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This Production Method Saves Time and Money

Updated: Apr 21, 2023

Making one product at a time will solve problems that many offsite factories don’t know they have.

  • Batch production may seem like a good idea, but in reality, it slows production and causes other problems.

  • One-piece Flow (OPF) is a best practice in many industries because factory operators know that it saves time, reduces waste and improves quality.

  • Although it can be a challenge to implement OPF, the author offers some recommendations that will make the process easier.

In most modular factories I’ve visited and worked in over the years, I’ve observed a common sight: Work in process (WIP) stacked up at various stations, waiting to be installed in a module, pod, or assembly. I’ve seen cripplers, headers, spacers and backers piled up in the mill area or the framing stations, duct sub-assemblies lined up in the HVAC station, even entire walls or floors stacked in the framing area.

This is the result of batch production, or “building ahead.” It can seem to make a lot of sense at times, especially when workers find themselves idle, waiting for the line to move. It keeps people busy and seems like it will save time later. In actuality, however, producing components in batches slows down production and causes a litany of other problems. There’s a better way.

One-piece Flow (OPF), the practice of processing only one piece at a time at each station as it is needed, is a concept that has become a manufacturing best practice, because it raises efficiency and reduces waste. The practice of OPF is rooted in the principles of Lean Manufacturing, which focus on eliminating waste and maximizing value in the production process.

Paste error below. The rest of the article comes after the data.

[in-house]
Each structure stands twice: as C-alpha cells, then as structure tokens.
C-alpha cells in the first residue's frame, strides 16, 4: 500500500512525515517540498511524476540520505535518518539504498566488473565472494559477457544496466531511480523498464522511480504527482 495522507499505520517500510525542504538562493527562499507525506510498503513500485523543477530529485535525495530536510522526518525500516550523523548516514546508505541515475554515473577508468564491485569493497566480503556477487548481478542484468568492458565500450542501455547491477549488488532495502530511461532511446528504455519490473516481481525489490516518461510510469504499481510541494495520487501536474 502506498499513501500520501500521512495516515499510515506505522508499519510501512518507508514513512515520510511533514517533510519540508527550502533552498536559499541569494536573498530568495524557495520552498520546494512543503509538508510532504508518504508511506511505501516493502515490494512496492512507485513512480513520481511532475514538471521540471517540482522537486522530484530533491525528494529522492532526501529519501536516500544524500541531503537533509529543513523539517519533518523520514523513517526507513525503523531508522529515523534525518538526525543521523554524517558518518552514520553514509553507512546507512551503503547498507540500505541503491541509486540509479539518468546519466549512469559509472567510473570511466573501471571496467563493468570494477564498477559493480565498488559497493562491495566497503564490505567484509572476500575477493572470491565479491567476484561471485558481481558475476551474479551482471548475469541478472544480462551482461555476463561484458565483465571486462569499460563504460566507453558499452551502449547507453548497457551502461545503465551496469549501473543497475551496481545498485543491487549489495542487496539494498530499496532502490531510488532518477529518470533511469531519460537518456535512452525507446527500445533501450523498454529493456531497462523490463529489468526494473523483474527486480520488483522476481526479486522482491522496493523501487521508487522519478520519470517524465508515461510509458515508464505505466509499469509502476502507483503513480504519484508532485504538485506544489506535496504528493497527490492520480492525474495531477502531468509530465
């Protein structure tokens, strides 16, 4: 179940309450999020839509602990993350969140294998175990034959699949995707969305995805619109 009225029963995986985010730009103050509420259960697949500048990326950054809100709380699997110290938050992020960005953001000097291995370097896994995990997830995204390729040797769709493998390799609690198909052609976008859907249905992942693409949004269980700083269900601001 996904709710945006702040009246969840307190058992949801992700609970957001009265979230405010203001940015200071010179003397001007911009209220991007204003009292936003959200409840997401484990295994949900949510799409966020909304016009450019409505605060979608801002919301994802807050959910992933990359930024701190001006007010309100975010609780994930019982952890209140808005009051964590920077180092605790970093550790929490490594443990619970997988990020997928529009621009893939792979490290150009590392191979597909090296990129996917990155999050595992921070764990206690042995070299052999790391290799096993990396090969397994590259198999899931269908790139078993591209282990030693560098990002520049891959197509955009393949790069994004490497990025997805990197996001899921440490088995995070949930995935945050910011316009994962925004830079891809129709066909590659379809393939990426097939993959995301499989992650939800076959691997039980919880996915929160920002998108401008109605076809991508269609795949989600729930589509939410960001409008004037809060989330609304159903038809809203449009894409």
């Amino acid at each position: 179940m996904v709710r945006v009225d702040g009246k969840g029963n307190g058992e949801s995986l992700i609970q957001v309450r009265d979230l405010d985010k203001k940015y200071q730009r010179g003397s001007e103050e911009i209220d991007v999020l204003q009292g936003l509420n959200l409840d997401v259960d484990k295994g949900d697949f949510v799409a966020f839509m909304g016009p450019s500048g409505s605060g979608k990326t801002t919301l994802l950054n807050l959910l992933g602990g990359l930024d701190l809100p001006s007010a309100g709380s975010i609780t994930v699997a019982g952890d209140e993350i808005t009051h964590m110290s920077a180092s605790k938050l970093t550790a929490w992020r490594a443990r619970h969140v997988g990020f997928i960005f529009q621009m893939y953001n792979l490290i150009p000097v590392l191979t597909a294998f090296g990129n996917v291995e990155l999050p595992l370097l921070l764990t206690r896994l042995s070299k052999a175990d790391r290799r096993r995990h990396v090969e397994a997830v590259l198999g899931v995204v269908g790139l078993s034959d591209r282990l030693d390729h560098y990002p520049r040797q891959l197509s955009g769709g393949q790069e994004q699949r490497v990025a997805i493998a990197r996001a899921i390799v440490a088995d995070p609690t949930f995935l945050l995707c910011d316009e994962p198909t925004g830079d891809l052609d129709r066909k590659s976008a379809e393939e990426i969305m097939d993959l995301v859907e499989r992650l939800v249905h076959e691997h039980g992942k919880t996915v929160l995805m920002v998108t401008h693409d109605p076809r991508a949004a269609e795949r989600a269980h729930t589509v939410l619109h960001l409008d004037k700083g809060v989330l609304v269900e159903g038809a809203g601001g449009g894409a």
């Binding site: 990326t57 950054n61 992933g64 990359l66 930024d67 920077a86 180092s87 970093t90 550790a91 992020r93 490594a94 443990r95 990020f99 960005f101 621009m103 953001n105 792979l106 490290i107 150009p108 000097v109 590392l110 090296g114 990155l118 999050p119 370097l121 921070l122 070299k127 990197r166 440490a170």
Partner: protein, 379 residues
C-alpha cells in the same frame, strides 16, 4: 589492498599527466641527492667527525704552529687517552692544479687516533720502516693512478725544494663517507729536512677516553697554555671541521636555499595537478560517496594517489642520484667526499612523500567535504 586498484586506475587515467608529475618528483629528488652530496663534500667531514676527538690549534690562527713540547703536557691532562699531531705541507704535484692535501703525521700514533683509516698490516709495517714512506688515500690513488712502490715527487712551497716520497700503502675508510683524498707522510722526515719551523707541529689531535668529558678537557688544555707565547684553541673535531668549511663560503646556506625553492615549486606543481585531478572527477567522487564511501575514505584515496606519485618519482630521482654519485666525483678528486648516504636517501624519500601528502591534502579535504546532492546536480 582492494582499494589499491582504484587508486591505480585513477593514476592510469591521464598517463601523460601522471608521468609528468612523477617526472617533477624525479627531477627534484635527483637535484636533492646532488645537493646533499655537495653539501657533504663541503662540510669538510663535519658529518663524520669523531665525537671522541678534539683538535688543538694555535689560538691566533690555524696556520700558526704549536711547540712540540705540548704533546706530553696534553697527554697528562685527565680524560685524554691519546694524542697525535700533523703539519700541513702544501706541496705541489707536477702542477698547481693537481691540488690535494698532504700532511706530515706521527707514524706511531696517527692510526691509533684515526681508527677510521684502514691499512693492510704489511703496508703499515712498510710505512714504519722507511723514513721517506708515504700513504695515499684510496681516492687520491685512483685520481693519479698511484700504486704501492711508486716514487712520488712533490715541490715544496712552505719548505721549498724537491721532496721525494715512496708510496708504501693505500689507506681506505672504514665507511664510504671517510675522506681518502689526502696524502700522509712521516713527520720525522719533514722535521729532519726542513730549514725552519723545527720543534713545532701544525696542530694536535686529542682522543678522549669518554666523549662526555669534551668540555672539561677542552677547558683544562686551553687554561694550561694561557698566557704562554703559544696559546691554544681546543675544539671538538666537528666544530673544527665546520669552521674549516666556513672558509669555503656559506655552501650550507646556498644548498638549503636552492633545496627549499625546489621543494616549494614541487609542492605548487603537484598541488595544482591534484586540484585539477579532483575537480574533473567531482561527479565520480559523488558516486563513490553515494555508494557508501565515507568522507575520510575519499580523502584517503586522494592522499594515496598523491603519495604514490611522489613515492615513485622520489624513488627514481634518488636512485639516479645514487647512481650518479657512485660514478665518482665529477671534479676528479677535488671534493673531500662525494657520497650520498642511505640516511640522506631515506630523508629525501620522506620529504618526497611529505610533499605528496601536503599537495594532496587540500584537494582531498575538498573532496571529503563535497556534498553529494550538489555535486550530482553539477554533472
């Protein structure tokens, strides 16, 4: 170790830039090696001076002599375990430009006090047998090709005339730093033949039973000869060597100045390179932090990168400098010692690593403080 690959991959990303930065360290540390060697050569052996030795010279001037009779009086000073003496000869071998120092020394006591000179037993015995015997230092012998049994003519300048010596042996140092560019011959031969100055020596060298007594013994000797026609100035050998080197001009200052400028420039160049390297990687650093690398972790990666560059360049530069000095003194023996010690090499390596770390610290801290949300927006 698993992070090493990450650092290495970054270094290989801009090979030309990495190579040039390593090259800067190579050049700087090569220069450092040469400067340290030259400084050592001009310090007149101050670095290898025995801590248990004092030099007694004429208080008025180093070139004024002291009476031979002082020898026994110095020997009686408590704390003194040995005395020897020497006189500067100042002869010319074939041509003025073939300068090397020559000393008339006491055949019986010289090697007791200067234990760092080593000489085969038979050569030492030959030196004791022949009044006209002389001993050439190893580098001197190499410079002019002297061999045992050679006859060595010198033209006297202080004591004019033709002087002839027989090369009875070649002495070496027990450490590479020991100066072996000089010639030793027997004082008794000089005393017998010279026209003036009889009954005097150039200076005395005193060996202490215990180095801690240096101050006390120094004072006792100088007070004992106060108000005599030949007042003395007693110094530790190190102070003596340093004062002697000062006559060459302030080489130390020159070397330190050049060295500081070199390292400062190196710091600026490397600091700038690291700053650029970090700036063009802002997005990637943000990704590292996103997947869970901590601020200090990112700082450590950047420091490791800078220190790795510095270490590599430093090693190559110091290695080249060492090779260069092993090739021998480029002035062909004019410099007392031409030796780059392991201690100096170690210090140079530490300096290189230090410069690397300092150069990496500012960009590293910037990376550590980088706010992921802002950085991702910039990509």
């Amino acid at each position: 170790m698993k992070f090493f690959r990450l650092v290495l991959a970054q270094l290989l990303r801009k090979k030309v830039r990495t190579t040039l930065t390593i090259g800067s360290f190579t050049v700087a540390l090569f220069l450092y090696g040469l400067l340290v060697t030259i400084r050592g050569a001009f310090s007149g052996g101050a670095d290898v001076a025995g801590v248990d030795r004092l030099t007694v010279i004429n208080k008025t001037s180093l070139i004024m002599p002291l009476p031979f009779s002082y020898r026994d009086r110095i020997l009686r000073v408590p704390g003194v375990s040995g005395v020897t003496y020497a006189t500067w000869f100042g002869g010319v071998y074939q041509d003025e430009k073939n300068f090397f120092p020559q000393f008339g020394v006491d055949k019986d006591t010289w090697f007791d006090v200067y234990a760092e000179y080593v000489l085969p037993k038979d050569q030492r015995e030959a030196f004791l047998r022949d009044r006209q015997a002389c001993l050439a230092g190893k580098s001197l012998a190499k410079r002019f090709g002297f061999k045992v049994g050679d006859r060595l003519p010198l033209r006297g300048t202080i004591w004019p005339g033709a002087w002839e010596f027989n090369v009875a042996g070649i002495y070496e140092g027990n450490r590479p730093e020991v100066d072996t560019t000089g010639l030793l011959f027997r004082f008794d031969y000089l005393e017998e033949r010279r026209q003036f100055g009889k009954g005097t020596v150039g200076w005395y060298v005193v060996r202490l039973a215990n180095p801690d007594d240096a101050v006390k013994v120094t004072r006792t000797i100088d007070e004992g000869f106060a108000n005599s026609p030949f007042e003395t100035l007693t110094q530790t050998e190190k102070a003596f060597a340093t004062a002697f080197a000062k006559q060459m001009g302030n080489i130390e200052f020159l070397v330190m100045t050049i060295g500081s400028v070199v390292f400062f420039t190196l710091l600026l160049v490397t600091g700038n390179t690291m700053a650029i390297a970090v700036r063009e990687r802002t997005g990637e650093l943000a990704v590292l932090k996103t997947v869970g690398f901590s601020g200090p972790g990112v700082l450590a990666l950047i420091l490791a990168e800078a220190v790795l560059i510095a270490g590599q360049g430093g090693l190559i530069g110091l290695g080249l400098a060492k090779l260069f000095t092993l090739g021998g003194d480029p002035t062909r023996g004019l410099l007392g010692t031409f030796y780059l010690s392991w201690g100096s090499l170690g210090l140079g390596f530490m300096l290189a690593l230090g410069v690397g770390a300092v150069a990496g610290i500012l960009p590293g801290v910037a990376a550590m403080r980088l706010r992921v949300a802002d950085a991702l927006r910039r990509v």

In this article, I’ll discuss the origins of OPF, the advantages of OPF versus batch processing, challenges in implementing OPF and recommendations for applying OPF in a module or component factory.

OPF can be traced back to the Toyota Production System (TPS), which was developed by Taiichi Ohno in the mid-1900s and is now commonly known as Lean Manufacturing. Ohno observed that traditional mass production methods were inefficient and created a lot of waste. He believed that the key to improving efficiency and reducing waste was to focus on one product at a time and to work in small groups to produce it. This concept became known as One-piece Flow and is a foundational component of Lean Manufacturing.

Why it’s better

A big advantage of OPF is that it allows for a more efficient and flexible manufacturing process. In batch processing, products are produced in large quantities and then stored until needed. This can lead to a lot of wasted time and resources, as well as an increase in the risk of defects.

With OPF, products are produced when they’re needed, which eliminates the need for storage and reduces the risk of defects. OPF also allows for a more flexible production process because easy adjustments can be made as needed.

OPF production results in much faster throughput. Image: SafetyCulture.

Another advantage of OPF is that resources get used more efficiently because they are only used when they are needed. OPF also leads to a more efficient use of space, as it eliminates the need for large storage areas.